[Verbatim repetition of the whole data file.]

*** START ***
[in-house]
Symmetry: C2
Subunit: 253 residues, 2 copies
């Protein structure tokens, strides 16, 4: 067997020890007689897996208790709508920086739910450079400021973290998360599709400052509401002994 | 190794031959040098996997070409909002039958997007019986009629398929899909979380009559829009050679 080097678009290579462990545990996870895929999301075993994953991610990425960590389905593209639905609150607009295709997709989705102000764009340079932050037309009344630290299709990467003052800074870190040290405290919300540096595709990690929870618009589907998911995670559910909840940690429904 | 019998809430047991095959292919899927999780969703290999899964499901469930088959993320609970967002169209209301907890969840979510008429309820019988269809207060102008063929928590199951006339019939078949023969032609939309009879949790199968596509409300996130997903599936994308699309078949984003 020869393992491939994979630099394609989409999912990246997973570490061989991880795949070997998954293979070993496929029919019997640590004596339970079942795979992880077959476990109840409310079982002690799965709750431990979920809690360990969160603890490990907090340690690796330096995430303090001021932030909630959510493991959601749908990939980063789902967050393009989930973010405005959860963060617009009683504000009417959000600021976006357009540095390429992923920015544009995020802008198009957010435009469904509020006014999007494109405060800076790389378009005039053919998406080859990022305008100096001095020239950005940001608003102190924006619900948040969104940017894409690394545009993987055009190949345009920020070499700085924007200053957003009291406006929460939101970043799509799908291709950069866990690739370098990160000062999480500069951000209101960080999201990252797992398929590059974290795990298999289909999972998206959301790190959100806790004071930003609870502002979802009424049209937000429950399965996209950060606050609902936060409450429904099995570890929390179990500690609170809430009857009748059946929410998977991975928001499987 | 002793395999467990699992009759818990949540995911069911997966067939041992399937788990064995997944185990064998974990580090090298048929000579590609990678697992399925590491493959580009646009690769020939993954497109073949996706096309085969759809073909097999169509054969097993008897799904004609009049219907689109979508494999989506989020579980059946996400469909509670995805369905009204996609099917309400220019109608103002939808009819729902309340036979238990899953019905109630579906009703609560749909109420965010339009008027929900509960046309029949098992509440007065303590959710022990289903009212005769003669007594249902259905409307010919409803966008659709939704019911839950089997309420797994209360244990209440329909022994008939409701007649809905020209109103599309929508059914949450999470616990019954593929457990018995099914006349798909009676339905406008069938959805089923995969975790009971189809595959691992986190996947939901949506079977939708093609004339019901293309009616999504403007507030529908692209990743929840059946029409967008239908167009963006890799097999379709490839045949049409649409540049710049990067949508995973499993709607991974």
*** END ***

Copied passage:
[in-house]
Symmetry: C2
Subunit: 253 residues, 2 copies
């Protein structure tokens, strides 16, 4: 067997020890007689897996208790709508920086739910450079400021973290998360599709400052509401002994 | 190794031959040098996997070409909002039958997007019986009629398929899909979380009559829009050679 080097678009290579462990545990996870895929999301075993994953991610990425960590389905593209639905609150607009295709997709989705102000764009340079932050037309009344630290299709990467003052800074870190040290405290919300540096595709990690929870618009589907998911995670559910909840940690429904 | 019998809430047991095959292919899927999780969703290999899964499901469930088959993320609970967002169209209301907890969840979510008429309820019988269809207060102008063929928590199951006339019939078949023969032609939309009879949790199968596509409300996130997903599936994308699309078949984003 020869393992491939994979630099394609989409999912990246997973570490061989991880795949070997998954293979070993496929029919019997640590004596339970079942795979992880077959476990109840409310079982002690799965709750431990979920809690360990969160603890490990907090340690690796330096995430303090001021932030909630959510493991959601749908990939980063789902967050393009989930973010405005959860963060617009009683504000009417959000600021976006357009540095390429992923920015544009995020802008198009957010435009469904509020006014999007494109405060800076790389378009005039053919998406080859990022305008100096001095020239950005940001608003102190924006619900948040969104940017894409690394545009993987055009190949345009920020070499700085924007200053957003009291406006929460939101970043799509799908291709950069866990690739370098990160000062999480500069951000209101960080999201990252797992398929590059974290795990298999289909999972998206959301790190959100806790004071930003609870502002979802009424049209937000429950399965996209950060606050609902936060409450429904099995570890929390179990500690609170809430009857009748059946929410998977991975928001499987 | 002793395999467990699992009759818990949540995911069911997966067939041992399937788990064995997944185990064998974990580090090298048929000579590609990678697992399925590491493959580009646009690769020939993954497109073949996706096309085969759809073909097999169509054969097993008897799904004609009049219907689109979508494999989506989020579980059946996400469909509670995805369905009204996609099917309400220019109608103002939808009819729902309340036979238990899953019905109630579906009703609560749909109420965010339009008027929900509960046309029949098992509440007065303590959710022990289903009212005769003669007594249902259905409307010919409803966008659709939704019911839950089997309420797994209360244990209440329909022994008939409701007649809905020209109103599309929508059914949450999470616990019954593929457990018995099914006349798909009676339905406008069938959805089923995969975790009971189809595959691992986190996947939901949506079977939708093609004339019901293309009616999504403007507030529908692209990743929840059946029409967008239908167009963006890799097999379709490839045949049409649409540049710049990067949508995973499993709607991974």